When Can Women Stop Trying to Look Perfect?

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Re: When Can Women Stop Trying to Look Perfect?

Postby admin » Mon Jan 11, 2016 5:29 am

Carrie Fisher Calls Out Shamers on Twitter: 'Please Stop Debating Whether or Not I Aged Well'
by Gabrielle Loya
12/29/2015

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Image
Carrie Fisher
AXELLE/BAUER-GRIFFIN/FILMMAGIC


Carrie Fisher wants people to stop talking about her appearance.

"Please stop debating about whether or not I aged well," the Star Wars: The Force Awakens star, 59, tweeted on Tuesday. "Unfortunately it hurts all three of my feelings."

"My body hasn't aged as well as I have," she continued. "Blow us."

Carrie Fisher @carrieffisher
Please stop debating about whether OR not EYE aged well. unfortunately it hurts all 3 of my feelings. My BODY hasnt aged as well as I have. Blow us.
12:26 AM - 29 Dec 2015 · Los Angeles, CA, United States


Fisher previously spoke about being pressured to lose over 35 lbs. to reprise her role of Princess Leia.

"They don't want to hire all of me – only about three-quarters!" she told Good Housekeeping U.K. "Nothing changes, it's an appearance-driven thing. I'm in a business where the only thing that matters is weight and appearance. That is so messed up. They might as well say get younger, because that's how easy it is."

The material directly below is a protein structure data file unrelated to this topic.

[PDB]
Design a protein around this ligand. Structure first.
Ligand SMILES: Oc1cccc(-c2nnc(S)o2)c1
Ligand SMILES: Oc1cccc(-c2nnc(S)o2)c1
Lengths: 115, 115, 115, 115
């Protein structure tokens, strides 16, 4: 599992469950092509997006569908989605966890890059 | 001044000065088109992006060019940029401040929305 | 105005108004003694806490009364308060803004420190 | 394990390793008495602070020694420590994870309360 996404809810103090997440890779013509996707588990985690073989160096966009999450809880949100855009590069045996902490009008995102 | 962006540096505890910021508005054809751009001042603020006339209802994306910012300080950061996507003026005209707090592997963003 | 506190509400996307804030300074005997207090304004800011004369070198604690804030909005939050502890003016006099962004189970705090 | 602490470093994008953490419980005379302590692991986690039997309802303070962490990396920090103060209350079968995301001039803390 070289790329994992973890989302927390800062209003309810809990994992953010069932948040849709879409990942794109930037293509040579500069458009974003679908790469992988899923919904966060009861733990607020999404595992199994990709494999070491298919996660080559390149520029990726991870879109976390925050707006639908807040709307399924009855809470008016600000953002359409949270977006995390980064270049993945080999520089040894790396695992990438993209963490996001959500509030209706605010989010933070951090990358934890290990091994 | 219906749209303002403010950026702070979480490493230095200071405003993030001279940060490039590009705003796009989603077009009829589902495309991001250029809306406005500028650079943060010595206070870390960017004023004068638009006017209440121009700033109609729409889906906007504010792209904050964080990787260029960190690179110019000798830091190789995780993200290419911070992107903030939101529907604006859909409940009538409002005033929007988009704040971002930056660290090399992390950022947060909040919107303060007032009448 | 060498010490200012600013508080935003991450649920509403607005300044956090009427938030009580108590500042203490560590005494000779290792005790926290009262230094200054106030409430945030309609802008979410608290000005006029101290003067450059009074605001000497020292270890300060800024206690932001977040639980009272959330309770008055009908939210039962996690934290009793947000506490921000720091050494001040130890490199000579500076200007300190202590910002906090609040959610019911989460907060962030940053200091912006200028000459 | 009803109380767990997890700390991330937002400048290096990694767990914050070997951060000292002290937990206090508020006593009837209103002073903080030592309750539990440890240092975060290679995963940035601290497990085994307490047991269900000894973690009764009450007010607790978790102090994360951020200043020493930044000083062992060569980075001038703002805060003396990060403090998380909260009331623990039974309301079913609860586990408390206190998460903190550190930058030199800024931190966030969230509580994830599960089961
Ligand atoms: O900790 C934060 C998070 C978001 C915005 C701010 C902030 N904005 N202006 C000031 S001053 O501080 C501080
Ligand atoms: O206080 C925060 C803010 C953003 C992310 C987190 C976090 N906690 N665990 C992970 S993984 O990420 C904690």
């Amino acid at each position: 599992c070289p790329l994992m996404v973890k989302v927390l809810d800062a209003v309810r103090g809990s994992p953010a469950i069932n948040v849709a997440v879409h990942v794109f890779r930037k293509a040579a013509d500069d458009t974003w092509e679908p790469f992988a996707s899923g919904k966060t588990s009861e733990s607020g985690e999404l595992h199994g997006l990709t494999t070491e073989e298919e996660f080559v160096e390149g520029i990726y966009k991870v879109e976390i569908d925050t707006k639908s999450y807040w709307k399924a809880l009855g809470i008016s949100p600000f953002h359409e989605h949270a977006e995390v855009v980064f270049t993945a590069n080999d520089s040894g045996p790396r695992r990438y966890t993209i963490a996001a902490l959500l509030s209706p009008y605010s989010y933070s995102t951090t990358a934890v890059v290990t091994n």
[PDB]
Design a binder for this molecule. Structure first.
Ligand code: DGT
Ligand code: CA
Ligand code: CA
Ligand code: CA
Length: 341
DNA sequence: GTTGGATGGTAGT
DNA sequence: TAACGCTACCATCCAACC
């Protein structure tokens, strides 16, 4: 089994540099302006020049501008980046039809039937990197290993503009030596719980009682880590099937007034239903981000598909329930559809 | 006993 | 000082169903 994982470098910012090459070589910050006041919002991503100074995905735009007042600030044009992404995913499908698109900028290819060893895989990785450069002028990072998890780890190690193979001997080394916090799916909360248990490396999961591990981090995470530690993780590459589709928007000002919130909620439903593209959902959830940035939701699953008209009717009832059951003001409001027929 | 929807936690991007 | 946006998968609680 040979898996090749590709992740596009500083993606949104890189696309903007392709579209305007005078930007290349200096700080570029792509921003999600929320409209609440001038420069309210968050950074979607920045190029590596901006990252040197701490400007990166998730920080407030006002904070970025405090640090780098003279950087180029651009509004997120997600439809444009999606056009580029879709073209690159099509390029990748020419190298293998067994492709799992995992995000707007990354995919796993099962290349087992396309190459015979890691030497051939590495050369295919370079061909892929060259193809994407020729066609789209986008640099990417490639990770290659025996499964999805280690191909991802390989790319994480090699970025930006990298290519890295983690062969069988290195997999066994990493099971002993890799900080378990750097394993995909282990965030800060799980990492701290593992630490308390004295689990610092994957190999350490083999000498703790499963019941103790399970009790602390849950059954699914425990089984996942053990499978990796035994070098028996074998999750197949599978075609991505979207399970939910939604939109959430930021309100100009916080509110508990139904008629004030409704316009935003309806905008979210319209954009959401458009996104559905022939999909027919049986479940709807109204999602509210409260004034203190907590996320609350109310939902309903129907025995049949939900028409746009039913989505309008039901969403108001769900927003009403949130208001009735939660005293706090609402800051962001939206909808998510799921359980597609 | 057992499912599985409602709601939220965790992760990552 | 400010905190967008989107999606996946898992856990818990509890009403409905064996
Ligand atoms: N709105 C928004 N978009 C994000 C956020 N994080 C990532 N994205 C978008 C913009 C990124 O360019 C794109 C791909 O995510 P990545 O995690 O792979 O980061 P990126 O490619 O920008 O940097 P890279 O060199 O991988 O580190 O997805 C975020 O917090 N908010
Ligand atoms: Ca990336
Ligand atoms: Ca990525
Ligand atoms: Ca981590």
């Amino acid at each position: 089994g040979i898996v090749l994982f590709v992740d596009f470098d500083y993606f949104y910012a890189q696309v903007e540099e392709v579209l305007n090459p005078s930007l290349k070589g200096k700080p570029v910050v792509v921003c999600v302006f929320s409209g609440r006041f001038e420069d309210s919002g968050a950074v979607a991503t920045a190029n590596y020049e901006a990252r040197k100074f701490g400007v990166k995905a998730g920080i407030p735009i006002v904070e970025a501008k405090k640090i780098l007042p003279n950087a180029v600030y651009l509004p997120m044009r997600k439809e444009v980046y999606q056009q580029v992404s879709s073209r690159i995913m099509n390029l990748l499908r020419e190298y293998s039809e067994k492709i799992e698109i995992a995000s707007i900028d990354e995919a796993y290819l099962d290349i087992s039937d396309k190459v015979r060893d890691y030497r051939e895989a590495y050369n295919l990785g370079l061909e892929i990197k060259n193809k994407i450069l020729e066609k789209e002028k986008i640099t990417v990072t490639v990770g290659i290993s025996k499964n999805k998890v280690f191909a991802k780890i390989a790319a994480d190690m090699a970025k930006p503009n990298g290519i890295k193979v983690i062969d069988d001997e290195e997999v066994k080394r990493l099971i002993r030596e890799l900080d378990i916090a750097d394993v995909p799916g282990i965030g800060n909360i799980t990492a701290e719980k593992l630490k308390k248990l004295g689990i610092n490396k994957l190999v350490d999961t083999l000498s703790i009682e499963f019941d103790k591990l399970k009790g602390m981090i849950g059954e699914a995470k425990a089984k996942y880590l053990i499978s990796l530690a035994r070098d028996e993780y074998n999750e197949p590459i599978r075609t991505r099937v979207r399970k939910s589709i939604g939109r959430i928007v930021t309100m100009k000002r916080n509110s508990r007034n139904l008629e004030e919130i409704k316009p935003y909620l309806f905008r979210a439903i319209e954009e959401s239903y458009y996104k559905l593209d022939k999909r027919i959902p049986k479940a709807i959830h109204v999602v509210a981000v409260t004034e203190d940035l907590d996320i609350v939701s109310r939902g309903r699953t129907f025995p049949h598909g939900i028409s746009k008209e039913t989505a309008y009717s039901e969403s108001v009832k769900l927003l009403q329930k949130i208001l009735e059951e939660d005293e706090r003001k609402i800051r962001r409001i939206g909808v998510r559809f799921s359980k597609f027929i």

She told the magazine there is an unhealthy societal obsession with weight, especially in Los Angeles.

"We treat beauty like an accomplishment and that is insane," said Fisher. "Everyone in L.A. says, 'Oh you look good,' and you listen for them to say, 'You've lost weight.' It's never 'How are you?' or 'You seem happy!' "
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Re: When Can Women Stop Trying to Look Perfect?

Postby admin » Mon Jan 11, 2016 5:35 am

If Carrie Fisher doesn’t like being judged on looks, she should quit acting
By Kyle Smith
December 30, 2015

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Carrie Fisher arrives at the world premiere of "Star Wars: The Force Awakens." Photo: Jordan Strauss/Invision/AP

Pity Carrie Fisher, who said she felt “pressured” to lose 35 pounds to reprise her role as Leia in “Star Wars: The Force Awakens.”

It’s shameful of Hollywood to have done that.